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Global Democracy and Exclusion

Ronald Tinnevelt (Editor), Helder De Schutter (Editor)

ISBN: 978-1-444-33568-2 October 2010 Wiley-Blackwell 256 Pages


The essays in this book explore the consequences of globalization for democracy, covering issues which include whether democracy implies exclusion or borders, and whether it is possible to create a democracy on a global level.
  • Explores the consequences of globalization for democracy
  • Discusses whether democracy implies exclusion or boundaries
  • Makes sense of democracy and human rights in a globalizing world
  • Investigates what kind of common identity can and should support forms of global democracy
  • Presents a state-of-the-art analysis of the foundations of global democracy
1. Introduction (Ronald Tinnevelt and Helder De Schutter, Radboud University Nijmegen and Katholieke Universiteit Leuven).

2. Cosmopolitanism and human rights: Radicalism in a global age (Robert Fine, University of Warwick).

3. The Resurgent Idea of World Government (Campbell Craig, University of Southampton).

4. Structuring Global Democracy: Political Communities, Universal Human Rights, and Transnational Representation (Carol Gould, Temple University).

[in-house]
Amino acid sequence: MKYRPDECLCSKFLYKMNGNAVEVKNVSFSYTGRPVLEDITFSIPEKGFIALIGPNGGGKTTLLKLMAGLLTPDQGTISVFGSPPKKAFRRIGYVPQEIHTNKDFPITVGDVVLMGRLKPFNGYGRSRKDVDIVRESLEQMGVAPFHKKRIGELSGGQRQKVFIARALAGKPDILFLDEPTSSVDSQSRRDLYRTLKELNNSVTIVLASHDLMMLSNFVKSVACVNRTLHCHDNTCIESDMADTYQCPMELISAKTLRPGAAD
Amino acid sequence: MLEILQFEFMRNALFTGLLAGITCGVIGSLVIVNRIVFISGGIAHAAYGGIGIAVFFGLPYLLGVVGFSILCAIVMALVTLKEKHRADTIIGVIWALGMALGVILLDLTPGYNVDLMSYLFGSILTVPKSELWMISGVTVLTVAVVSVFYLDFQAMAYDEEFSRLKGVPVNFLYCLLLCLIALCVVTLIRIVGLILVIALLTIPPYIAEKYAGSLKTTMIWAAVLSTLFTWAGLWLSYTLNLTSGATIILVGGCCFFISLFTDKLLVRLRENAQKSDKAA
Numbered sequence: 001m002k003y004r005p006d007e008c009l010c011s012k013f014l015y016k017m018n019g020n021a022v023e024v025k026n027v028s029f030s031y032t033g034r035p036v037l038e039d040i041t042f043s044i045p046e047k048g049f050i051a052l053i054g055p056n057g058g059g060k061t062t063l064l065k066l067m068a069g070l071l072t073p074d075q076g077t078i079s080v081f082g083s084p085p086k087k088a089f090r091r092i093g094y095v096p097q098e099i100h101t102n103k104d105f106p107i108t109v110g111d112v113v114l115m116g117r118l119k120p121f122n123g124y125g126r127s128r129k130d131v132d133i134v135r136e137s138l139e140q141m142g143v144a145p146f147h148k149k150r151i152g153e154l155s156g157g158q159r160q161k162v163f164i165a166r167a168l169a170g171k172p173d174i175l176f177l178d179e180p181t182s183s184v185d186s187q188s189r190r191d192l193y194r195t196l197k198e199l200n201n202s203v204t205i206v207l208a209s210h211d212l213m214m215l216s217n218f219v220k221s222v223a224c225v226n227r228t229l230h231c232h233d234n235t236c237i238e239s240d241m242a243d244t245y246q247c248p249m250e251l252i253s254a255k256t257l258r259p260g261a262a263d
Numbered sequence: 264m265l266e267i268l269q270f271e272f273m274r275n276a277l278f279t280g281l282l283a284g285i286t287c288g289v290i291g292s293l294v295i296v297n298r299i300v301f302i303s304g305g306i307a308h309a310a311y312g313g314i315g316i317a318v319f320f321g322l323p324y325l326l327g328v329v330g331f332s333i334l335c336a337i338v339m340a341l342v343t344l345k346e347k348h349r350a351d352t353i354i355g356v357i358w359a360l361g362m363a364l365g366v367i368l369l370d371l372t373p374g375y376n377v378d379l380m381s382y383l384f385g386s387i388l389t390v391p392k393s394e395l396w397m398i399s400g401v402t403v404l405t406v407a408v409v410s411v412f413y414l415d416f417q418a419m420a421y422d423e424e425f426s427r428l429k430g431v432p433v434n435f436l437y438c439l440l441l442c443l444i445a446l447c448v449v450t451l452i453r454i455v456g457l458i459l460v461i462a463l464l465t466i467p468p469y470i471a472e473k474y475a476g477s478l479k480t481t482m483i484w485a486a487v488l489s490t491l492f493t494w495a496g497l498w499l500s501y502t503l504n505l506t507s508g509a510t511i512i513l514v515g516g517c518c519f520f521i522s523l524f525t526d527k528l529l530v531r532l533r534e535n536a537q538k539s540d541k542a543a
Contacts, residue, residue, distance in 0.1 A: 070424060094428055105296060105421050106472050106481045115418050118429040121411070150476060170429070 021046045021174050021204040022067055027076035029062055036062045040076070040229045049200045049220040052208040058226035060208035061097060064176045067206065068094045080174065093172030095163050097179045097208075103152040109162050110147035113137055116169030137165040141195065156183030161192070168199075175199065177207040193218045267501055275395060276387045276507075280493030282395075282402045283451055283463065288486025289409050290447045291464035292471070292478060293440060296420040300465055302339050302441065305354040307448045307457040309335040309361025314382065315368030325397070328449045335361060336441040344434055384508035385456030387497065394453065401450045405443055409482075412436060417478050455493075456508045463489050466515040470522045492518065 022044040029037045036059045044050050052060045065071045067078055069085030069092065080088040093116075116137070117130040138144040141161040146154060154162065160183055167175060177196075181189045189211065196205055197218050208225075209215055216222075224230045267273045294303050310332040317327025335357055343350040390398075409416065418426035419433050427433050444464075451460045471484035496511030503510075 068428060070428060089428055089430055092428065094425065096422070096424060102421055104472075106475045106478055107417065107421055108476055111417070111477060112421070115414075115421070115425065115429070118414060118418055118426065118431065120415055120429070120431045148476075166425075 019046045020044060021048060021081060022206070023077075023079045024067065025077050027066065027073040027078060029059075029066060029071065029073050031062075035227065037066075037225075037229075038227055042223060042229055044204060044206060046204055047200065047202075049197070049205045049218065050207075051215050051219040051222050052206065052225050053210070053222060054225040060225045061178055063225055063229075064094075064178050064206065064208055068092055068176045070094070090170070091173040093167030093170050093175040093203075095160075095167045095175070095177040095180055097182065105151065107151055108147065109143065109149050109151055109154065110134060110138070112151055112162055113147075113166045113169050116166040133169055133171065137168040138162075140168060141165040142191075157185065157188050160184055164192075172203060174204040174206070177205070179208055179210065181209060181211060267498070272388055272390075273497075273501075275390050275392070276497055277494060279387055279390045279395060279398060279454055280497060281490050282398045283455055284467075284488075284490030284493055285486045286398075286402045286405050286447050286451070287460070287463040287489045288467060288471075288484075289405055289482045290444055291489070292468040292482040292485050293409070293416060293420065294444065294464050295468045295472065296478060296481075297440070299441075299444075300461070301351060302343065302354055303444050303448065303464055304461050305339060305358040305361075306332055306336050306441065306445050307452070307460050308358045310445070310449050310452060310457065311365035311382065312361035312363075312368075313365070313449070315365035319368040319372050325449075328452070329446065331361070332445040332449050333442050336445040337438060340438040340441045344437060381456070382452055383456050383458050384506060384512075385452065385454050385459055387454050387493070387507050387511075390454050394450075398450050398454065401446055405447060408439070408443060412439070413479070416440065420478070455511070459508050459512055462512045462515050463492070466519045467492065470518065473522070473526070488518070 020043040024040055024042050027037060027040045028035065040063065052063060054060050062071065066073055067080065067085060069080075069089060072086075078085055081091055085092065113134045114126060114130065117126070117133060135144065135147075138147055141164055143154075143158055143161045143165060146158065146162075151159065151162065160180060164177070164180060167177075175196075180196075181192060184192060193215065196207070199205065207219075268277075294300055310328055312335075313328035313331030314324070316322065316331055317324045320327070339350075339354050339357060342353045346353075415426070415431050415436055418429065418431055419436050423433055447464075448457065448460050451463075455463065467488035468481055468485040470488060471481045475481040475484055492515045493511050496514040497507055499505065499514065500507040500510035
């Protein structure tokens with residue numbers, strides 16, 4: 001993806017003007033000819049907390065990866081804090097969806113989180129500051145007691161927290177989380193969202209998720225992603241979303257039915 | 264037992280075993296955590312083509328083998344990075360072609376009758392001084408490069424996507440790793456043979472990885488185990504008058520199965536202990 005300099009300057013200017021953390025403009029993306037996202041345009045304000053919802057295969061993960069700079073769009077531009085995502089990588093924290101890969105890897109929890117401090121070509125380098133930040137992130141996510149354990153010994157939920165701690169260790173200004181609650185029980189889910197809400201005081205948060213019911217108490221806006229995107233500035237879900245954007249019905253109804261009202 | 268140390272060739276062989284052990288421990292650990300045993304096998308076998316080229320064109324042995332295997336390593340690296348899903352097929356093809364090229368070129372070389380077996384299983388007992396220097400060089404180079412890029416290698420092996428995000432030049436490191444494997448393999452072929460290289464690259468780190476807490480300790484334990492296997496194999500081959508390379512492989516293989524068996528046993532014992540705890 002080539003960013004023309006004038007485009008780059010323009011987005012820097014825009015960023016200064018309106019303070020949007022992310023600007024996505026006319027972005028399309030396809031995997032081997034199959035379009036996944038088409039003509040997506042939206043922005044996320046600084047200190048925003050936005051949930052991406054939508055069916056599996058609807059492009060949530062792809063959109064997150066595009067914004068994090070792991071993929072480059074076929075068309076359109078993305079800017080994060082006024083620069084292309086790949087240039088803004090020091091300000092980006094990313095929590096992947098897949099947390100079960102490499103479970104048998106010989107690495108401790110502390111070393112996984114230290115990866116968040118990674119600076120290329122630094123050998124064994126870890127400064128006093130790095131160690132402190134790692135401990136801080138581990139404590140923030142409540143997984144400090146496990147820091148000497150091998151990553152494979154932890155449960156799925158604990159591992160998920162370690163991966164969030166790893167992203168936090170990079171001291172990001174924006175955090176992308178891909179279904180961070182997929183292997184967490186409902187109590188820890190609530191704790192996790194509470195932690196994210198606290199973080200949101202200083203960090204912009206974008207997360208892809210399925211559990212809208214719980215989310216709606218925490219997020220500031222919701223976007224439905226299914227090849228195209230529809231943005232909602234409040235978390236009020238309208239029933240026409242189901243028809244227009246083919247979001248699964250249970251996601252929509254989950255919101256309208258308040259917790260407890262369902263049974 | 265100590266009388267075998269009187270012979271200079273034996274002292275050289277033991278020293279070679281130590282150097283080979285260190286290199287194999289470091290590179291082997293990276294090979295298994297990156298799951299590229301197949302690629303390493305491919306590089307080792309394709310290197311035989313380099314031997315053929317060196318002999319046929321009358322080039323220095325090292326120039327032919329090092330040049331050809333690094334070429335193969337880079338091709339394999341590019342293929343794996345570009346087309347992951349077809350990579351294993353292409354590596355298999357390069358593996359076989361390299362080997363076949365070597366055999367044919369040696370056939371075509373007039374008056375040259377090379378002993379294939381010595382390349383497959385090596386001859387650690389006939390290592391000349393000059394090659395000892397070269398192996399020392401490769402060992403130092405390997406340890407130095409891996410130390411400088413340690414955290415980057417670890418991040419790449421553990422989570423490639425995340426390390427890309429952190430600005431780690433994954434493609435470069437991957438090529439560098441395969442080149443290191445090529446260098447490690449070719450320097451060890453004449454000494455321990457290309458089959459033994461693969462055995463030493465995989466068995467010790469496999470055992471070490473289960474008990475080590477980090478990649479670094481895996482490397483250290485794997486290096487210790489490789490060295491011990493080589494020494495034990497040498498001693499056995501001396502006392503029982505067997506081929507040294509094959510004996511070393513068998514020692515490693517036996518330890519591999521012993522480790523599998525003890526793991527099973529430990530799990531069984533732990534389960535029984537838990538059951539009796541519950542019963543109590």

5. Federative Global Democracy (Eric Cavallero, Southern Connecticut State University).

6. Interaction-Dependent Justice and the Problem of International Exclusion (Raffaele Marchetti, LUISS University and University of Naples L’Orientale).

7. Cosmopolitan Democracy and the Rule of Law (William E. Scheuerman, Indiana University).

8. A-Legality: Postnationalism and the Question of Legal Boundaries (Hans Lindahl, University of Tilburg).

9. The conflicting loyalties of statism and globalism: Can global democracy resolve the liberal conundrum? (Deen Chatterjee, University of Utah).

10. Universal Human Rights as a Shared Identity. Impossible? Necessary? (Andreas Follesdal, University of Oslo).

11. Motivating the Global Demos (Daniel Weinstock, University of Montreal).

12. Is liberal Nationalism incompatible with global democracy? (Helder De Schutter and Ronald Tinnevelt, Katholieke Universiteit Leuven and Radboud University Nijmegen).

13. Immigration, nationalism, and human rights (John Exdell, Kansas State University).